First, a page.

Boateng said the closure is not affecting only Ghanaian traders. "A lot of Nigerians have businesses here in Ghana, and since the closure, they have also spoken bitterly against their government." He said they had been forced to be creative to deal with the current situation. "We can't tell those who trade in Nigeria to sit down and fold their hands, we have to find alternative means, and we have been able to find so many places where we can get the goods from."
Should Ghana close its border too?
Many Nigerians such as Peter Dama would rather see the border kept shut: "As far as I am concerned, it [ the border closure] can be forever," Dama said. "This is because it will stimulate the economy, it will help the nation to become self-sufficient, and it will help us to create jobs," Dama added.
Dama and other officials argue that by keeping the border closed, all the security challenges that the country has had arms smuggling particularly can now be effectively dealt with.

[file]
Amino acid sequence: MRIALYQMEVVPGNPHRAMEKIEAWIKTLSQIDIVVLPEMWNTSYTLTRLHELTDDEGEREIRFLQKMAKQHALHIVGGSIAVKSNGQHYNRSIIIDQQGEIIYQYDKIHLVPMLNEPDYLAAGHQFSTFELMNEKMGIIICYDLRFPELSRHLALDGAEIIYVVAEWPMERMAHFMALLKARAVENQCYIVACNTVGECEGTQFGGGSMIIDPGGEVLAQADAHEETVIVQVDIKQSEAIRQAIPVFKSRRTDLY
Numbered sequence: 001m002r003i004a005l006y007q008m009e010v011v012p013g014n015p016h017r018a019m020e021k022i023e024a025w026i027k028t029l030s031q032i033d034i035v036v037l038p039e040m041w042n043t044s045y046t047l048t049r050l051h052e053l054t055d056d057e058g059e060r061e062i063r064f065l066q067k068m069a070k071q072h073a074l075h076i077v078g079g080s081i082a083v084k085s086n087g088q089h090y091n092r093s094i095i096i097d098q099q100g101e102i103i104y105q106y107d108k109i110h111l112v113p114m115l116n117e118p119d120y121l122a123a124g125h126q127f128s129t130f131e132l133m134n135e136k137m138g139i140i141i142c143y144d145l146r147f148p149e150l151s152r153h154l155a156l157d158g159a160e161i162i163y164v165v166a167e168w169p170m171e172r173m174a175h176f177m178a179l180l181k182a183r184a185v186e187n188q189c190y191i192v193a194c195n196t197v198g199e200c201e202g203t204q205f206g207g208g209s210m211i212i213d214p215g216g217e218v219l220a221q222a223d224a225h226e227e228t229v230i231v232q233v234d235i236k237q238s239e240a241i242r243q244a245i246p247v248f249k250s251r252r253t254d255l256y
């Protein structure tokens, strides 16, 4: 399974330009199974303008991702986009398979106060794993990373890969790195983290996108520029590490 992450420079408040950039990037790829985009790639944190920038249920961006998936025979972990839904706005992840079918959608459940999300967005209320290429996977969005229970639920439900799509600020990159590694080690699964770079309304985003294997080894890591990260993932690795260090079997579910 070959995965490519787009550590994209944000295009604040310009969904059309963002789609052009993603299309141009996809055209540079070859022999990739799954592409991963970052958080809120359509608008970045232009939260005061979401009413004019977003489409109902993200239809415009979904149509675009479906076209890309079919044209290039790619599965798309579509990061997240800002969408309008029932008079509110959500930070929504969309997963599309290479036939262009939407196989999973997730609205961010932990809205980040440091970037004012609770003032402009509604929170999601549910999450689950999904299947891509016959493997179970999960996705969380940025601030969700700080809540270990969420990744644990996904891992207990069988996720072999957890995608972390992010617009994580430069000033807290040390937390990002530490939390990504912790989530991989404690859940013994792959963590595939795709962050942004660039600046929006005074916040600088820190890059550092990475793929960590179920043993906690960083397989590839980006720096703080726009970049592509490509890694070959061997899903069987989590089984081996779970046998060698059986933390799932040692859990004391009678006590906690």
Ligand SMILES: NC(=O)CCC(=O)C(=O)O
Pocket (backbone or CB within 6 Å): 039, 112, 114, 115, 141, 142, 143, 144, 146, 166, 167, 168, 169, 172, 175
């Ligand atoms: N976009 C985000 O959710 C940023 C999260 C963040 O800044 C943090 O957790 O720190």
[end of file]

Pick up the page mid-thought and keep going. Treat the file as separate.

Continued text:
However, Clement Boateng of Ghana Traders Association, said a similar move would be counter-productive."There is no need for Ghana to close its borders. Ghana does not share a border with Nigeria. We share a border with Togo, Burkina Faso, and Ivory Coast, and they are not the ones that have shut down their borders," Boateng said. "It is not necessary, and it is not something that I would encourage the government to do. It is needless."
Ghana's trade union official Clement Boateng says like Nigeria, Ghana should do more to protect local retailers
Back in Gabriel Nartey's car spare parts shop, not one customer has come in a while talking to him. His frustration is evident; his finger of blame remains squarely on Buhari. "It is rather unfortunate for Africa and not just for Ghana because Nigeria is the center for the market at the moment," Nartey said. "Such a thing would not move Africa forward. Young people are trying to make a living to make Africa move forward. For all, I know it is not helping business at all."
Ubale Musa in Abuja and Isaac Kaledzi in Accra contributed to this article.